Palestinian children in a camp in the Gaza Strip town of Khan Yunis, home to orphans, widows and displaced divorced women, April 25, 2024.

Five-year-old Adam Afana, a war-wounded child evacuated to Beirut, embodies a crisis that is likely to haunt Gaza for years to come. The exponential increase of orphans in the territory has created a profound rift in the family and social fabric of the Palestinian enclave. Mohamed, his father, succumbed to his wounds a few days after the Israeli bombardment that wiped out the Afana family. His seriously wounded mother, Chérine, is in Egypt.

There are no confirmed statistics of orphans in Gaza at this stage, but Palestinian civil society estimates put the number of young Gazans who have lost one or both parents at between 15,000 and 25,000. In February, UNICEF estimated that at least 17,000 children were unaccompanied or separated from their parents – whether dead, hospitalized or detained. In April, another UN agency, UN Women, put the number of motherless children at 19,000.

Adam’s left arm was injured and treated at the American Hospital in Beirut thanks to the foundation set up by British-Palestinian surgeon Ghassan Abu-Sittah. To accompany Adam to Lebanon, it was necessary to find a surviving uncle: Eid Afana, who was in Egypt, not Gaza, when the family was killed.

In front of journalists, Adam recounted with an emotional voice, how the Afana family, residents of the Jabaliya camp in the north of the Gaza Strip, survived a first strike on October 10, before a second, on October 29, killed some of them. Adam’s sister was killed instantly, as were his maternal grandmother, an aunt and cousins. The boy’s father died in the emergency room. Risking amputation, having been treated with makeshift means in Gaza hospitals, Adam joined his uncle Eid in Egypt in December, before reaching Beirut in May.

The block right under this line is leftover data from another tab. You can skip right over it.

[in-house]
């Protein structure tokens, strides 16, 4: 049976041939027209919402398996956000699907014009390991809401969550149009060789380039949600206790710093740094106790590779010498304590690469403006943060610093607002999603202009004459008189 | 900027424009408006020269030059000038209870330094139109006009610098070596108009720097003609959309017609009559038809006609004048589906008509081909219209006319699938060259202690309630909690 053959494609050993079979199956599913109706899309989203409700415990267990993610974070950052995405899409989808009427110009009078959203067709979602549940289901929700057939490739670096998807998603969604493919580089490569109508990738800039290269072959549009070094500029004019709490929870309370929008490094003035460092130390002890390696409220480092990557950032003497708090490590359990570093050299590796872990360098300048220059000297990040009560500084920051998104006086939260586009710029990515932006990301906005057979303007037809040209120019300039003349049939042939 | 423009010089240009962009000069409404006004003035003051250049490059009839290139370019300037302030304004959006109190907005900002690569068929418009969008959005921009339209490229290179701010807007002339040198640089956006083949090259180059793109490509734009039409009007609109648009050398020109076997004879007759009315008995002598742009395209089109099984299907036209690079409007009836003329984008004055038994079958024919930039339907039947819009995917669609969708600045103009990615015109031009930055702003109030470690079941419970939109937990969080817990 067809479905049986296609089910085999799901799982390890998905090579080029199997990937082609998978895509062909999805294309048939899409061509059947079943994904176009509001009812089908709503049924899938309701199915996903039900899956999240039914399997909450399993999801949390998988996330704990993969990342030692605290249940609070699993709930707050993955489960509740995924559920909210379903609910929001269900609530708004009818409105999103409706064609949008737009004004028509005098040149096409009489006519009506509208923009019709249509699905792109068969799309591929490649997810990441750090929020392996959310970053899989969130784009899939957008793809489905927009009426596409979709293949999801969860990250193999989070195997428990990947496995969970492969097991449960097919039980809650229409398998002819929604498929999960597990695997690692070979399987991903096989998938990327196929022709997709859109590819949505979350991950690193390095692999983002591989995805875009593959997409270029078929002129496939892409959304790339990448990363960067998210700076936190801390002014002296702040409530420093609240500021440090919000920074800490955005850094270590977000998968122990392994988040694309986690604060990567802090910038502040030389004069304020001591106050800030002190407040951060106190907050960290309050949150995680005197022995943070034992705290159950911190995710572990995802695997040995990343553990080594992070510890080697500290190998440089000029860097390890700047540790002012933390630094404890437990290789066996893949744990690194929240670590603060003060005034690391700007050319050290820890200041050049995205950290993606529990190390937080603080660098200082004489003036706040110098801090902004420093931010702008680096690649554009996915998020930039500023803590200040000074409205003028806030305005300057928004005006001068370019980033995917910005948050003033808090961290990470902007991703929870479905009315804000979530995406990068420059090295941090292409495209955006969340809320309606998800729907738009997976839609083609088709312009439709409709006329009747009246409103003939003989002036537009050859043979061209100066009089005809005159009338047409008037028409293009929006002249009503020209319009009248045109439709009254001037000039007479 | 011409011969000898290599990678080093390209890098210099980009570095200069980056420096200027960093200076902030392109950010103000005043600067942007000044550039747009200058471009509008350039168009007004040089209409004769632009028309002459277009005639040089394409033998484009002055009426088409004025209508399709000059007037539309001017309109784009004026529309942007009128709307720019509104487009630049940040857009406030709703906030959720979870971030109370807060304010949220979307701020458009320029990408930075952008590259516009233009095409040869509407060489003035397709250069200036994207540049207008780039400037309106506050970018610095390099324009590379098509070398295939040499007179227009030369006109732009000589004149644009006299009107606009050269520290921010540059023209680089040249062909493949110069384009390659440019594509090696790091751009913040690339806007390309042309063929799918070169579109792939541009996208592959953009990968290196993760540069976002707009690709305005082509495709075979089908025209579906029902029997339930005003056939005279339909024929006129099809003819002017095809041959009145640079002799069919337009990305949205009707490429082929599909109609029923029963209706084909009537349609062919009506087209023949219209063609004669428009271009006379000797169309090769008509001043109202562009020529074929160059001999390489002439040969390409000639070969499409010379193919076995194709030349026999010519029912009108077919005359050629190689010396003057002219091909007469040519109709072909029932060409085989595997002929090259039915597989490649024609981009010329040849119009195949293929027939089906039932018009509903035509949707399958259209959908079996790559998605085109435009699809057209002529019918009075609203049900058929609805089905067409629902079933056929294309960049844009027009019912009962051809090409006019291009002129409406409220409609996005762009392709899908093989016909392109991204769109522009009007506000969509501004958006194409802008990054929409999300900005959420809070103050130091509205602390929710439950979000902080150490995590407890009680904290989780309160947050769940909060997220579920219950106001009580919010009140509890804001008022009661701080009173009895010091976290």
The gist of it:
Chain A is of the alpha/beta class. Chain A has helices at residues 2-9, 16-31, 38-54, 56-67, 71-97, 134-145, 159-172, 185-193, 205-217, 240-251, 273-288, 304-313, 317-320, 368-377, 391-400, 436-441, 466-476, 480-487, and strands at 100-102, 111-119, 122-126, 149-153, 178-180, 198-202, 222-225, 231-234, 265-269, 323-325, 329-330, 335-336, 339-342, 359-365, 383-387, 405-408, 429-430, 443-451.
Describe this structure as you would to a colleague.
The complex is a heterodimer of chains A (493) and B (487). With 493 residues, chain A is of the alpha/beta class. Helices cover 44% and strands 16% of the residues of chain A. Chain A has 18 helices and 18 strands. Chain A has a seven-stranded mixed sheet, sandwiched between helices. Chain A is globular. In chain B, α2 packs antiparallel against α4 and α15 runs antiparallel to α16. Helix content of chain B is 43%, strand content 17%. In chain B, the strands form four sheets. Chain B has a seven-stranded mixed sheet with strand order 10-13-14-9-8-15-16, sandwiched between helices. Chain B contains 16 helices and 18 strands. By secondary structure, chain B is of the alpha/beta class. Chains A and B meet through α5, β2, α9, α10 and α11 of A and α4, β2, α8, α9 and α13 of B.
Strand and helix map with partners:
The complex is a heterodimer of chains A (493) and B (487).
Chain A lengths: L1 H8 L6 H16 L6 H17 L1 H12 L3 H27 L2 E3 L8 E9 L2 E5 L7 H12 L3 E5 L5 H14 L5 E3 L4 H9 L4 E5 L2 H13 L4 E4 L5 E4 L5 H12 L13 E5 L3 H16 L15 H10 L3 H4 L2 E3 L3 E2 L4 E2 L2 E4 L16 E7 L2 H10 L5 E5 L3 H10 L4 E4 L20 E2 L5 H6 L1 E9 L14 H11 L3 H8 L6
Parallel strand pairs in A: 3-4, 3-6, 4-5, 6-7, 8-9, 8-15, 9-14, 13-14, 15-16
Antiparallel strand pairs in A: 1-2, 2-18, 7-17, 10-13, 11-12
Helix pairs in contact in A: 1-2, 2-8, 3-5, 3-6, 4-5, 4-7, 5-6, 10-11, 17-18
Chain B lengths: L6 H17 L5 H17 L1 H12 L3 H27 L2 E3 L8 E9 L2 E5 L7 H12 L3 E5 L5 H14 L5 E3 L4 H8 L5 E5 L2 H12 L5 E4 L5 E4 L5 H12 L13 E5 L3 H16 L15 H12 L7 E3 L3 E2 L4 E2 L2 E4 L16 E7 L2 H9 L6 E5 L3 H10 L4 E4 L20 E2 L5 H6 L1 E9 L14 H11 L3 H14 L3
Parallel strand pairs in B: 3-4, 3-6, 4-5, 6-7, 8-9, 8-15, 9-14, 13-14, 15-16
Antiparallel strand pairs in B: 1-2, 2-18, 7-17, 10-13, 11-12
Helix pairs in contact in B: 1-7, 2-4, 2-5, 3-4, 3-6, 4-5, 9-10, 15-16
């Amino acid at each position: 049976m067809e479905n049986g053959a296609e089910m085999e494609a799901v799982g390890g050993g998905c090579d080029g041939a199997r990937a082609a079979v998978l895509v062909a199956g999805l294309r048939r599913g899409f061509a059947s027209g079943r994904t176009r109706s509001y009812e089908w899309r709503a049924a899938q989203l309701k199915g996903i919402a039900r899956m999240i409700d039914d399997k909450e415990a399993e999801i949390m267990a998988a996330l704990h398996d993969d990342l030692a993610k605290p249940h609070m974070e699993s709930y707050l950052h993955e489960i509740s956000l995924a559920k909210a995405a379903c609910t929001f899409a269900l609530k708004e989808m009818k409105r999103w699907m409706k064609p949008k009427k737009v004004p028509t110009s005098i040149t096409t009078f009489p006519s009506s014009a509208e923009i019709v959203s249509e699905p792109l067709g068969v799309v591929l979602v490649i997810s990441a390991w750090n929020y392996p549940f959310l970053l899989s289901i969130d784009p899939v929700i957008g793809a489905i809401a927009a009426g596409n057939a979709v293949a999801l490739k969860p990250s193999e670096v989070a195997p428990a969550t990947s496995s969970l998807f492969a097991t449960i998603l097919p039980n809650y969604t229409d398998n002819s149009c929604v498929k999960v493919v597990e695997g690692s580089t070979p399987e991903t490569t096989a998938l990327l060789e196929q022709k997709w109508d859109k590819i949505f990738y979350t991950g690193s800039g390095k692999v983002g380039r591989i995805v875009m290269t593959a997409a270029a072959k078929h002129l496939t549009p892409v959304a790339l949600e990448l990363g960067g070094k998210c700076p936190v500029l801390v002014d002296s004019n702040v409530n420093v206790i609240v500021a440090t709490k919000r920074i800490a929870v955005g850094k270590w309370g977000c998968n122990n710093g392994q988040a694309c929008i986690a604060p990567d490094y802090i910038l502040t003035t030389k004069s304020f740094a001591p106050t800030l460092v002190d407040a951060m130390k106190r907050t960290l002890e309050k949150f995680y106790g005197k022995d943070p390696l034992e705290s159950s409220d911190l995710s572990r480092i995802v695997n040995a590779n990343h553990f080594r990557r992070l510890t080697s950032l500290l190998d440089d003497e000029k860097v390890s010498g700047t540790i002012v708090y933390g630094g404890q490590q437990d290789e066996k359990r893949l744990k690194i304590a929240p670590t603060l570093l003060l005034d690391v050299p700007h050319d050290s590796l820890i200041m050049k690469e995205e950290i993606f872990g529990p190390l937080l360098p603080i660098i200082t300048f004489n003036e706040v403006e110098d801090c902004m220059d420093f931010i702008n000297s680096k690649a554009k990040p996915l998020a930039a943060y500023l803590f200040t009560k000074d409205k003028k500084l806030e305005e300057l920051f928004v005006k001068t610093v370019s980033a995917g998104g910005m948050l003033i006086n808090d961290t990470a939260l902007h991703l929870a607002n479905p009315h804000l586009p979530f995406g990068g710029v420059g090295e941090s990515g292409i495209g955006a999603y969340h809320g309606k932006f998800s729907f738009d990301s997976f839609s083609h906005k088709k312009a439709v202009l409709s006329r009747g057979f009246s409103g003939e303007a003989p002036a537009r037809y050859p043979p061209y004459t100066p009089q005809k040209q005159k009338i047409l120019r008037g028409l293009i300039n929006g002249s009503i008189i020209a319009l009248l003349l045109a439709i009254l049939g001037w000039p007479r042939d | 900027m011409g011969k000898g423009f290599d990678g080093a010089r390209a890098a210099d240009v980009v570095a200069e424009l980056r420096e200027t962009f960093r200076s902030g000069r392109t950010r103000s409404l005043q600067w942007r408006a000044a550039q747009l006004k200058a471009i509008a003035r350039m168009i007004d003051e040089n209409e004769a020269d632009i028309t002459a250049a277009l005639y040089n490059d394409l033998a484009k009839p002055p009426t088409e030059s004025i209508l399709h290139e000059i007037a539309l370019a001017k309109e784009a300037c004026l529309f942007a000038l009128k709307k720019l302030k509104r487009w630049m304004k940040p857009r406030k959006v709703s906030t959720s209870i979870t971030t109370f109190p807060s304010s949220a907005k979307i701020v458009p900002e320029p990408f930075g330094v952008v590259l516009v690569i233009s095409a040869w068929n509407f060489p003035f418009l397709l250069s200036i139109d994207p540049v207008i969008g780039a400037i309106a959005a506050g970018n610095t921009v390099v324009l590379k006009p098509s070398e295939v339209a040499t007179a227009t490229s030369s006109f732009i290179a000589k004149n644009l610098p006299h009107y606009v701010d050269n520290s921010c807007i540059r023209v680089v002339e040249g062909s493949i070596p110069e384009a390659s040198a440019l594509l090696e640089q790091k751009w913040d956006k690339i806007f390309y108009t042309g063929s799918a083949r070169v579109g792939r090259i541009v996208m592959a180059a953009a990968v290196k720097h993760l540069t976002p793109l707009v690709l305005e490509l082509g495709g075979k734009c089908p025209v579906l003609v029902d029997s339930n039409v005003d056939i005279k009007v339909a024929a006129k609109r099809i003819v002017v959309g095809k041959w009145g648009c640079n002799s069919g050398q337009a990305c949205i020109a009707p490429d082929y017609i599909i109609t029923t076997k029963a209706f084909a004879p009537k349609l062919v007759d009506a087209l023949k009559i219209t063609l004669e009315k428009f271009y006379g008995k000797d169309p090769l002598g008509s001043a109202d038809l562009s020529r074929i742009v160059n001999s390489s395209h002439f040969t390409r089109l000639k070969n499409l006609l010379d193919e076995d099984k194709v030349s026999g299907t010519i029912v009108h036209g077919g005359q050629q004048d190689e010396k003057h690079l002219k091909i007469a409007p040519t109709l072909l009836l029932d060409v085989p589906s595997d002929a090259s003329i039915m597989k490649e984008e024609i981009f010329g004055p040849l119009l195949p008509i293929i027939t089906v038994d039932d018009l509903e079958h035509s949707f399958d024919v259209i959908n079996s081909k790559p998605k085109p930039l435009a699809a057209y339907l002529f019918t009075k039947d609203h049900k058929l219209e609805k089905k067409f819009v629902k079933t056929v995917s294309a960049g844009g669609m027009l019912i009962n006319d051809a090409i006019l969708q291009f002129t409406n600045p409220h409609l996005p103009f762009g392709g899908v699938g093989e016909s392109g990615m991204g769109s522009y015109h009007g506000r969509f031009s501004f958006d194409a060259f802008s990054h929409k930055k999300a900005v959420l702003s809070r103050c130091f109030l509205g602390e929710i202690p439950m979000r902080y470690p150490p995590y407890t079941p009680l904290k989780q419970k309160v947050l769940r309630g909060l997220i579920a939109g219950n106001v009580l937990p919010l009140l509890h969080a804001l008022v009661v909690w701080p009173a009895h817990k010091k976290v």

More than 1,500 amputees

The ongoing Israeli offensive in Gaza has been particularly cruel to minors, who make up 47% of the population of the enclave. At least 14,000 of them have been killed since October 2023, according to the local Hamas-administered Ministry of Health, out of a total of nearly 38,000 dead. More than 1,500 have had at least one limb amputated, according to Viviane Khalaf of the Palestine Children’s Relief Fund. Added to these figures are the two or even three tens of thousands of orphans and lone children.

These projections are out of all proportion to what the enclave has seen during previous offensives. The conflicts between Hamas and Israel of 2008-2009 (three weeks) and 2014 (50 days) produced some 4,000 war orphans, recalled Tareq Emtairah, director of the Palestinian development organization Taawon, which has supported the education of these minors. At least 20 of them were killed by the current bombardments, and many more are missing.

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